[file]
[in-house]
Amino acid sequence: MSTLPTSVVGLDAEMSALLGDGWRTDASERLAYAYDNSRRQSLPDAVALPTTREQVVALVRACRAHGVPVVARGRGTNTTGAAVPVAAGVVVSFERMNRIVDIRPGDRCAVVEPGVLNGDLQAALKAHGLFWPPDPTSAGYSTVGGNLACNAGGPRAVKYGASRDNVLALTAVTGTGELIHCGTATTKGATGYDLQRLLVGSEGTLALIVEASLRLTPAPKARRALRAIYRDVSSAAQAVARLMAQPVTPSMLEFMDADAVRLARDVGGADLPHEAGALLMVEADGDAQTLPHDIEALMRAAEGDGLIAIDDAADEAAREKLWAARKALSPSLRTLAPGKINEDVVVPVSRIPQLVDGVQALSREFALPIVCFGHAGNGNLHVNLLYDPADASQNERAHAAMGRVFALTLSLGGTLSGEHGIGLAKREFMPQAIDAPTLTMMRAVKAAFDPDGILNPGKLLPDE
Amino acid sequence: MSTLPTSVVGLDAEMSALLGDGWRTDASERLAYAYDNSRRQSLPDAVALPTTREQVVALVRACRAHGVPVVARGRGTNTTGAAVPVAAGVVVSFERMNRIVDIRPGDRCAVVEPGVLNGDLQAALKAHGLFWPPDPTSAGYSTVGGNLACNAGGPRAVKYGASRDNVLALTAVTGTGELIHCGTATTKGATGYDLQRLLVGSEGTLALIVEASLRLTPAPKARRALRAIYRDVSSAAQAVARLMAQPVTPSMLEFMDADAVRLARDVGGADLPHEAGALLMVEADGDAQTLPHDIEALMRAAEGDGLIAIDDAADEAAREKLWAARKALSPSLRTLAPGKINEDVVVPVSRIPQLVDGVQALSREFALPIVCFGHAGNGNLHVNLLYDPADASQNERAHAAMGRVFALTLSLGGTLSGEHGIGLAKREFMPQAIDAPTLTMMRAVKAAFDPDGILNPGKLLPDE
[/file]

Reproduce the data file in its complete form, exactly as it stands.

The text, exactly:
[in-house]
Amino acid sequence: MSTLPTSVVGLDAEMSALLGDGWRTDASERLAYAYDNSRRQSLPDAVALPTTREQVVALVRACRAHGVPVVARGRGTNTTGAAVPVAAGVVVSFERMNRIVDIRPGDRCAVVEPGVLNGDLQAALKAHGLFWPPDPTSAGYSTVGGNLACNAGGPRAVKYGASRDNVLALTAVTGTGELIHCGTATTKGATGYDLQRLLVGSEGTLALIVEASLRLTPAPKARRALRAIYRDVSSAAQAVARLMAQPVTPSMLEFMDADAVRLARDVGGADLPHEAGALLMVEADGDAQTLPHDIEALMRAAEGDGLIAIDDAADEAAREKLWAARKALSPSLRTLAPGKINEDVVVPVSRIPQLVDGVQALSREFALPIVCFGHAGNGNLHVNLLYDPADASQNERAHAAMGRVFALTLSLGGTLSGEHGIGLAKREFMPQAIDAPTLTMMRAVKAAFDPDGILNPGKLLPDE
Amino acid sequence: MSTLPTSVVGLDAEMSALLGDGWRTDASERLAYAYDNSRRQSLPDAVALPTTREQVVALVRACRAHGVPVVARGRGTNTTGAAVPVAAGVVVSFERMNRIVDIRPGDRCAVVEPGVLNGDLQAALKAHGLFWPPDPTSAGYSTVGGNLACNAGGPRAVKYGASRDNVLALTAVTGTGELIHCGTATTKGATGYDLQRLLVGSEGTLALIVEASLRLTPAPKARRALRAIYRDVSSAAQAVARLMAQPVTPSMLEFMDADAVRLARDVGGADLPHEAGALLMVEADGDAQTLPHDIEALMRAAEGDGLIAIDDAADEAAREKLWAARKALSPSLRTLAPGKINEDVVVPVSRIPQLVDGVQALSREFALPIVCFGHAGNGNLHVNLLYDPADASQNERAHAAMGRVFALTLSLGGTLSGEHGIGLAKREFMPQAIDAPTLTMMRAVKAAFDPDGILNPGKLLPDE